In addition to private hiking trails and roads on our farm, there are an overwhelming selection of nearby hiking trails and waterfalls in the Blue Ridge Mountains of North Carolina. Here are some of the favorites. Please see us at check-in for maps, directions and more information!
We have a great option for hiking right here on the farm: an easy trail that follows an old logging road through the forest, then along the upper pond. It then passes the Hammock Island lily pad pond, finishing up along side of The Historic Albertus Ledbetter House.
Big Rock Candy Mtn Hiking TrailBig Rock Hiking Trail
Starting from the office, this trail goes up the road past “The Reach” and then straight up nearly to the top of our mountain, then around and down, finishing over by “The Bimini Twist” cabin. This new loop trail we call the “Big Rock Trail” totals 2.5 miles. It is a climbing then rolling walk through a forest of hardwoods, mountain laurel (or ‘Ivy’ as the locals call it) and rhododendron. It passes a huge rock formation with some boulders as big as a Boeing 747! When combined with our less strenuous trail, which leads past main house and around the ponds, it makes for nearly five miles of trail. There are several places to stop along the way to take in the natural beauty, and if lucky enough perhaps see a deer or wild turkey.
We are also inviting folks to build their own small rock monument along the trail in remembrance of their stay or as a memorial etc. This is similar to the rock piles folks leave in Aruba and Peru. It will be a great way to have folks return to check on their creation or to add another or just to enjoy others works. This has already started with folks building their own rock sculptures along some of the roads to the cabins.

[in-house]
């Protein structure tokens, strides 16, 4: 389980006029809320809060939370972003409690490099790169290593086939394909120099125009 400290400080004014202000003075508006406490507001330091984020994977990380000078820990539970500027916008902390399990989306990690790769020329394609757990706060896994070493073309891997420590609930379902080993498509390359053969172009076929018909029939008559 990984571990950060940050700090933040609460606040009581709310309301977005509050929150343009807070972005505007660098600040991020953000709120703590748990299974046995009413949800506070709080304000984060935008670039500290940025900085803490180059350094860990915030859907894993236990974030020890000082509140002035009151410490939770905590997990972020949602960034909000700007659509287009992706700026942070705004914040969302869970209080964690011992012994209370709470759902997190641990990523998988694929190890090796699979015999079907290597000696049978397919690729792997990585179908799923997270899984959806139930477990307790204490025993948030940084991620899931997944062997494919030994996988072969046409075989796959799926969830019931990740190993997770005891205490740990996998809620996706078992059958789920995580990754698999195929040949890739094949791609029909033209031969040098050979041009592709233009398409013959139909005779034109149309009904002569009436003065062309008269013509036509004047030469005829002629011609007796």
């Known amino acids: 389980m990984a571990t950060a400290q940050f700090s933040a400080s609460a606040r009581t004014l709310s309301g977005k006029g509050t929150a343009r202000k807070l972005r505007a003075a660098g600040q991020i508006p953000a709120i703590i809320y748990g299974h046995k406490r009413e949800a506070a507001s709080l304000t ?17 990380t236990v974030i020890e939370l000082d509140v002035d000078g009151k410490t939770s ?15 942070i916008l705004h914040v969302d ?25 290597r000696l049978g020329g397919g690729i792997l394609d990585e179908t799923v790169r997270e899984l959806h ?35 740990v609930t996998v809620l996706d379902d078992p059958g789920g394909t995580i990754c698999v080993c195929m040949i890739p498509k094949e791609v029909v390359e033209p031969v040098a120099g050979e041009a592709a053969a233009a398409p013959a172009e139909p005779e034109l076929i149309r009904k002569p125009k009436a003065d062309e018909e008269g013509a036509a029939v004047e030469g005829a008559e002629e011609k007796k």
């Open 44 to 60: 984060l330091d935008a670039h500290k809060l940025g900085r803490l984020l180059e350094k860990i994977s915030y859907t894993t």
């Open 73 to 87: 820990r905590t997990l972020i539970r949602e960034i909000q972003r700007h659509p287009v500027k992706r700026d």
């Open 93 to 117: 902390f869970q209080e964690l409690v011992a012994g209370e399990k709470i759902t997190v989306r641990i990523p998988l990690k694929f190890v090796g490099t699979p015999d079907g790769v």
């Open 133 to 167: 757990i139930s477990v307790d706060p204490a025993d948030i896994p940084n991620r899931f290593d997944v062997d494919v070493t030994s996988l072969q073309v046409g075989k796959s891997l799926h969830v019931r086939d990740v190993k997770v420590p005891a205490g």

Scenes from our Big Rock Hiking Trail, a 2.5-mile loop hike up a mountain to a ridge with a picnic table waiting for you! Remember to fill up your water bottles with our fresh spring water.
Chimney Rock Park: This beautiful park has several short hiking trails packed with beautiful scenery. As an option to the elevator to go to the top of the chimney, take the Outcroppings Trail, a network of stairs and boardwalks either to or from the Chimney level. Choose your path of adventure—head up to visit the Rock and the awesome views of Hickory Nut Gorge hike up to the Rock and gaze at the amazing natural phenomenon where you’ll get some great photos. The Hickory Nut Falls trail is a 1.5-mile roundtrip hike to the bottom of the 404-foot Hickory Nut Falls. Along the Skyline Trail Stop at the Opera Box for great views of the chimney and Lake Lure and be sure to see the Devil’s Head. Stop by the Moonshiner’s Cave, and take a short stroll to the parking lot. Get your heart pumping on the one-mile roundtrip Four Seasons Trail with an over 400ft elevation gain. The trail winds through hardwood forest, rhododendron and mountain laurel thickets and abundant wildflowers as well as rare and indigenous plants, some species not found along the Park’s other trails.